Her book Lean In has caused a stir in the US, with women criticising her for being an elitist, but her words and advice are wise: “We need men to lean into their families more, especially since research has consistently found that children with involved and loving fathers have higher levels of psychological wellbeing and better cognitive abilities”. For men to take more care of their children may mean giving up alcohol, girlfriends, power or whatever it is that makes them absent. But they might find they actually enjoy the job, and we know that society would certainly benefit from it.
3 ‘Decline’ of India Muslims (Irfan Husain in Dawn) Traditionally, Muslims in India were urban, with rulers from the Sultanate period to the Mughals settling in cities that were expanded and beautified. Even when they began acquiring jagirs or large rural estates, the aristocrats were reluctant to move far from the seats of power. In his magisterial The Last Mughal, William Dalrymple documents the dismantling of the Indian Muslim aristocracy in the bloody aftermath of the revolution of 1857.
Even though Bahadur Shah Zafar, the last Mughal, was a reluctant figurehead for the anti-British movement, the Muslim community as a whole was held responsible by a vengeful British Empire. Entire neighbourhoods in Delhi were levelled, and thousands of Muslim hanged, shot or blown from the mouths of canons. Many others, including Bahadur Shah, were exiled to die in penury.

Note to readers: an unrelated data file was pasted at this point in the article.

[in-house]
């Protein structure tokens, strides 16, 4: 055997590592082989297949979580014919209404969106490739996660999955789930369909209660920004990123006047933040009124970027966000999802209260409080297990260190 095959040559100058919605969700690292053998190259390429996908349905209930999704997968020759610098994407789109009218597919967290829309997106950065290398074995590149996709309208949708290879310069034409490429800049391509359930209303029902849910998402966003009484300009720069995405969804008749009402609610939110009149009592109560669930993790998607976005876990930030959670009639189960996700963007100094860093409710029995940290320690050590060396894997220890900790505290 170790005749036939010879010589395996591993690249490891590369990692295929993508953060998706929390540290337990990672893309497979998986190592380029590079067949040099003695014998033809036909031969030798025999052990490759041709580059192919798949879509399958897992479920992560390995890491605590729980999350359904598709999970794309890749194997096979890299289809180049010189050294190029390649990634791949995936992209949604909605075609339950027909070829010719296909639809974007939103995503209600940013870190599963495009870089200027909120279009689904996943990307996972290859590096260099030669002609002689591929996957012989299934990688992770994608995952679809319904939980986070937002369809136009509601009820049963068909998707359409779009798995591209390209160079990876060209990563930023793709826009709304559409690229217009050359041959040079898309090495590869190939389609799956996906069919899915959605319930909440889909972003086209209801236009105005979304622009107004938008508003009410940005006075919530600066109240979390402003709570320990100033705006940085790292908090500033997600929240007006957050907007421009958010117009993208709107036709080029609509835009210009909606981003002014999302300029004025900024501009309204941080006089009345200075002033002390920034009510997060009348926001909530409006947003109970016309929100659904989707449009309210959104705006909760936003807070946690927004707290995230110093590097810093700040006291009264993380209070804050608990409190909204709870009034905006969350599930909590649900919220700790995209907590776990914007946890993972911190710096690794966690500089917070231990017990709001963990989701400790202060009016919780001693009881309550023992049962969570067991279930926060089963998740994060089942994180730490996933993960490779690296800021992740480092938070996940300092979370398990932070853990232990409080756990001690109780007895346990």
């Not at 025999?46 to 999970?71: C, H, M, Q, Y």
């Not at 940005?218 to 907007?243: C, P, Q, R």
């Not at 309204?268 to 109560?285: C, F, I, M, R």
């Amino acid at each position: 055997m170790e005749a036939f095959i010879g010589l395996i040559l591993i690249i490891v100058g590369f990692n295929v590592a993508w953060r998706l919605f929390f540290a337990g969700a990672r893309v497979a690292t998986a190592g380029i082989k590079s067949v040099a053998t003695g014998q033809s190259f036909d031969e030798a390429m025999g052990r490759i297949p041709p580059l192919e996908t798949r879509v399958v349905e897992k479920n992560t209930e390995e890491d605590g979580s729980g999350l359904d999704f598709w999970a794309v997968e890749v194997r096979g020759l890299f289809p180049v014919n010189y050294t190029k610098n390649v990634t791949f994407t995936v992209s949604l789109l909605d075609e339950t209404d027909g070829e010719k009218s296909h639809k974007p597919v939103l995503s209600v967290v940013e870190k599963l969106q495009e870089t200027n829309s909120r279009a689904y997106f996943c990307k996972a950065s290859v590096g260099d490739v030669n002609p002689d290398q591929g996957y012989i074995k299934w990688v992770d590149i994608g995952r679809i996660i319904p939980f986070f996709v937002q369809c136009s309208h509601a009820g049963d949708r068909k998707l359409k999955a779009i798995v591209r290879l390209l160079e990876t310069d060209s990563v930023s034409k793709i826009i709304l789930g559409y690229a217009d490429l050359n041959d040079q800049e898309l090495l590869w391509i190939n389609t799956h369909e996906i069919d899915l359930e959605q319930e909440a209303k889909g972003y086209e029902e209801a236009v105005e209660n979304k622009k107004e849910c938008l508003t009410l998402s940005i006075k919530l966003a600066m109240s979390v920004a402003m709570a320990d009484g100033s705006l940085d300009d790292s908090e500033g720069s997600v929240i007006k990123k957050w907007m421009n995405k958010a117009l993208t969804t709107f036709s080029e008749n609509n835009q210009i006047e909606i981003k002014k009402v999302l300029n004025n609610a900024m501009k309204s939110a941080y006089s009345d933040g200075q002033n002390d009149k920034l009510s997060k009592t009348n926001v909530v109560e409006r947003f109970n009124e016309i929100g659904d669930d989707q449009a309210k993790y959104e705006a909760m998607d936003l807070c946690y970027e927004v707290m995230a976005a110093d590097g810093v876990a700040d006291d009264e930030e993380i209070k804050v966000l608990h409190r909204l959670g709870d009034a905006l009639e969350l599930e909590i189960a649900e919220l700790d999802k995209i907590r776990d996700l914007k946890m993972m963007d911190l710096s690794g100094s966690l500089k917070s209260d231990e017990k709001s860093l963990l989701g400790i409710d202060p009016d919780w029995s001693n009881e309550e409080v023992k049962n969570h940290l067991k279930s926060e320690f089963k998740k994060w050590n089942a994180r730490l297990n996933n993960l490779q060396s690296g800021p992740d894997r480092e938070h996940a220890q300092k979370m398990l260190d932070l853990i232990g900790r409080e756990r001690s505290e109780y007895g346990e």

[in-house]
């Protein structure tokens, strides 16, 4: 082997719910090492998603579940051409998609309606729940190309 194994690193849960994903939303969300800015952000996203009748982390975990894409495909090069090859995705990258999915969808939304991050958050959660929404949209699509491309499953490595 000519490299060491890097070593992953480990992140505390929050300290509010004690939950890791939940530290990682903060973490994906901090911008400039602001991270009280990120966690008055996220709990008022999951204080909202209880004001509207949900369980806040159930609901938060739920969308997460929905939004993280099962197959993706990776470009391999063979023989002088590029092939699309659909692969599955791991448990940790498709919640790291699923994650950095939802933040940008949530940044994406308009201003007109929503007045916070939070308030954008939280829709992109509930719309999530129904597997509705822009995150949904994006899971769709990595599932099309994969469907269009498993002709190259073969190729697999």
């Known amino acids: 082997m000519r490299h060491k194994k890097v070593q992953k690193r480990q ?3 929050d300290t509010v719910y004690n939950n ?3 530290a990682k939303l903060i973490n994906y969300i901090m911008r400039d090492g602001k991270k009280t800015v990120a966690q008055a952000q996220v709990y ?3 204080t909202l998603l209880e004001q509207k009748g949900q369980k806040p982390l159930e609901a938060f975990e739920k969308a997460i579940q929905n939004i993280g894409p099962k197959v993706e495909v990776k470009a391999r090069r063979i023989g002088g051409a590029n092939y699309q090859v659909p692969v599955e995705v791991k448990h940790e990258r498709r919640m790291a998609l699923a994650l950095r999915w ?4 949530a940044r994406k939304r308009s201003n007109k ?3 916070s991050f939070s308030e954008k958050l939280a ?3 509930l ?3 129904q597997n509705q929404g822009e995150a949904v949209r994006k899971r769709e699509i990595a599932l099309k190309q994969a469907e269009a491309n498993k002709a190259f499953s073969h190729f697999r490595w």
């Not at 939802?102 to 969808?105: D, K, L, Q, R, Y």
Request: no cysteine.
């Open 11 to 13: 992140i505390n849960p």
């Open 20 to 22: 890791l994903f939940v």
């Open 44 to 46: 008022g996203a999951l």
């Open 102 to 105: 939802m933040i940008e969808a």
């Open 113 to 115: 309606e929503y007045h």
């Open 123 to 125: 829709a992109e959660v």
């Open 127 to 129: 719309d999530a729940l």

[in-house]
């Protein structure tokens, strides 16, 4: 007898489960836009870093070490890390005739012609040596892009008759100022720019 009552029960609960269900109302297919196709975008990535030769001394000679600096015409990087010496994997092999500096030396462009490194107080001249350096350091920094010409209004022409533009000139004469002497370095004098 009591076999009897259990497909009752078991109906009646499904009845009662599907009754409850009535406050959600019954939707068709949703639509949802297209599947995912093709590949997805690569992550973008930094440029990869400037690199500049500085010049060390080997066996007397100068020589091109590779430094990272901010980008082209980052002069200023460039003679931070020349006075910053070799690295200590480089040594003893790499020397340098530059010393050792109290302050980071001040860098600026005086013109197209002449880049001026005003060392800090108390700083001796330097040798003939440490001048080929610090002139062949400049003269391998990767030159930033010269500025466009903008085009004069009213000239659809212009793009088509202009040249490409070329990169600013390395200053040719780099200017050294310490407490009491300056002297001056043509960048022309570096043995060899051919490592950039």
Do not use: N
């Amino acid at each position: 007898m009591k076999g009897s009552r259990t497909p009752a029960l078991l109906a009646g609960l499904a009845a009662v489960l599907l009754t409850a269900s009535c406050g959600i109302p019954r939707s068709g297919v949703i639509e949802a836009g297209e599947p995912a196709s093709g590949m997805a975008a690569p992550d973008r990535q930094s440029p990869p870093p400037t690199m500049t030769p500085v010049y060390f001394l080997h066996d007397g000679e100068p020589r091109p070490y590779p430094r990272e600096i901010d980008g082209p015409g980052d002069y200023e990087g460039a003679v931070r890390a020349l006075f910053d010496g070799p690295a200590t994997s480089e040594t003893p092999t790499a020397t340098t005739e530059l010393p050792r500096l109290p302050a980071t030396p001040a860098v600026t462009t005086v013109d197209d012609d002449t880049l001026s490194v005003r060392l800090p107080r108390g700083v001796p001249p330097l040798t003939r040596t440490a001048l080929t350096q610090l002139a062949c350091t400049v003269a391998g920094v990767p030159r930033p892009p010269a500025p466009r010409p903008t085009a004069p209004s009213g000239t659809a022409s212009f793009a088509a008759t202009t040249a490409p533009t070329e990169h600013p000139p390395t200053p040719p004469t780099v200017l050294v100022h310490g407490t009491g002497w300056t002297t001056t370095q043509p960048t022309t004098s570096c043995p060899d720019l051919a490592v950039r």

Traumatised, Muslims turned inwards. As western education became a requirement for government jobs, few Muslims could compete. Psychologically, many traditional Muslims felt they would be formally acknowledging their defeat by accepting the ways of their conquerors. Hindus, on the other hand, had no such hang-ups and were soon manning many positions in the bureaucracy.
When partition came, a large section of the Muslim leadership and the professional class moved to the newly created state of Pakistan. Tensions and wars between India and Pakistan did nothing to improve the lot of Indian Muslims who were suspected by the majority of secretly supporting Pakistan. Even though the present generation is largely indifferent to their neighbour, their religion still sets them apart. Indeed, watching the rising tide of violence here, several Muslim readers from India have expressed their relief that their families stayed put in 1947.
An Economist article asks: “… are Muslims better off? Wajahat Habibullah, who heads the National Commission for Minorities in Delhi sees only faint reasons for cheer. Muslims in India outperform their neighbours in Pakistan on some social indicators, such as having lower fertility rates and infant mortality, and higher literacy and life expectancy.” But sadly, comparisons with the national average for India present a far bleaker picture.